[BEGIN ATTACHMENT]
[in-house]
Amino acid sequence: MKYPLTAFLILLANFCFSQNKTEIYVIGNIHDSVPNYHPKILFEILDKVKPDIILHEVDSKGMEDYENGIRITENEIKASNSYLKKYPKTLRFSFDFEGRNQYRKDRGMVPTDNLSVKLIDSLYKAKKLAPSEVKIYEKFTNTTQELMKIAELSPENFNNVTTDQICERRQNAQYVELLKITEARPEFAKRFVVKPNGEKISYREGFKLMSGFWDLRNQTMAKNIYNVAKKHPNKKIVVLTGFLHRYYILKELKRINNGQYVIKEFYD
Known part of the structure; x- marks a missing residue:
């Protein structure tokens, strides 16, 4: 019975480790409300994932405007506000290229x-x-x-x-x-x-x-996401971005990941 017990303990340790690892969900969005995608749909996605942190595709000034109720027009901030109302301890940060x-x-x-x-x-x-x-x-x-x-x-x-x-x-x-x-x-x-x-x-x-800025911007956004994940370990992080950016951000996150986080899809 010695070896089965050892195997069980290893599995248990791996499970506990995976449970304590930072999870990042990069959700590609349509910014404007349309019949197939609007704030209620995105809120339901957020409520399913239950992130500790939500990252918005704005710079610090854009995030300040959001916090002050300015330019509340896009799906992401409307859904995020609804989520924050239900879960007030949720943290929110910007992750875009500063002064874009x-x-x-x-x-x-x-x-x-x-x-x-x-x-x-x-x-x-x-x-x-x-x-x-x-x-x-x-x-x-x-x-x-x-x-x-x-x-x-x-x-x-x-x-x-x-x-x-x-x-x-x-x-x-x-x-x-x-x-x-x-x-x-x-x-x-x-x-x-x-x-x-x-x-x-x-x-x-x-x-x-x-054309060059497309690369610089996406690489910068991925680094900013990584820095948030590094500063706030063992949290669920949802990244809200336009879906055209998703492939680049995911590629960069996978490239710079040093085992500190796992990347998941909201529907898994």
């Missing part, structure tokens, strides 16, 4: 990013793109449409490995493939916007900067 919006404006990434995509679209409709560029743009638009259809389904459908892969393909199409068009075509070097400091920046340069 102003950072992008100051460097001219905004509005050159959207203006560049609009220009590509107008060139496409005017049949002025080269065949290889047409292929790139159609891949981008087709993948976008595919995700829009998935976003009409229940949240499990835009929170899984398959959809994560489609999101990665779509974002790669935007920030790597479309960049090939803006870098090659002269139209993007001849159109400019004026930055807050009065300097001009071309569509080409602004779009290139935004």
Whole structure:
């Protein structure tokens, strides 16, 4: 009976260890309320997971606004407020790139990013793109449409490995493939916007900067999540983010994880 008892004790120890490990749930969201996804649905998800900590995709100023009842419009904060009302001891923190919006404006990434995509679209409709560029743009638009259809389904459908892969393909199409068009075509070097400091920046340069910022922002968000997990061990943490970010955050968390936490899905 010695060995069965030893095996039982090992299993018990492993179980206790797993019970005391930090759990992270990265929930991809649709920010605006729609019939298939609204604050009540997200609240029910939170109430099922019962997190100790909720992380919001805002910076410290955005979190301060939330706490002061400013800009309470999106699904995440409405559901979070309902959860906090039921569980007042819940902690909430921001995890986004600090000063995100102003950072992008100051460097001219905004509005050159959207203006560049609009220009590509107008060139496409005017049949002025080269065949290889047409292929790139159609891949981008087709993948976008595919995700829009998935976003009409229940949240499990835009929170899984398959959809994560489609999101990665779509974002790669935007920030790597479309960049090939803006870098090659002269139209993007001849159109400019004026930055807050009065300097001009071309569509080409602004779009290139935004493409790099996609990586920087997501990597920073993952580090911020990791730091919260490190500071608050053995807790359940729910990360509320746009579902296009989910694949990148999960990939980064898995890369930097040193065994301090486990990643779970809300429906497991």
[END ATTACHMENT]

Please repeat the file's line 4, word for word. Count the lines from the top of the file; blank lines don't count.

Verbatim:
């Protein structure tokens, strides 16, 4: 019975480790409300994932405007506000290229x-x-x-x-x-x-x-996401971005990941 017990303990340790690892969900969005995608749909996605942190595709000034109720027009901030109302301890940060x-x-x-x-x-x-x-x-x-x-x-x-x-x-x-x-x-x-x-x-x-800025911007956004994940370990992080950016951000996150986080899809 010695070896089965050892195997069980290893599995248990791996499970506990995976449970304590930072999870990042990069959700590609349509910014404007349309019949197939609007704030209620995105809120339901957020409520399913239950992130500790939500990252918005704005710079610090854009995030300040959001916090002050300015330019509340896009799906992401409307859904995020609804989520924050239900879960007030949720943290929110910007992750875009500063002064874009x-x-x-x-x-x-x-x-x-x-x-x-x-x-x-x-x-x-x-x-x-x-x-x-x-x-x-x-x-x-x-x-x-x-x-x-x-x-x-x-x-x-x-x-x-x-x-x-x-x-x-x-x-x-x-x-x-x-x-x-x-x-x-x-x-x-x-x-x-x-x-x-x-x-x-x-x-x-x-x-x-x-054309060059497309690369610089996406690489910068991925680094900013990584820095948030590094500063706030063992949290669920949802990244809200336009879906055209998703492939680049995911590629960069996978490239710079040093085992500190796992990347998941909201529907898994």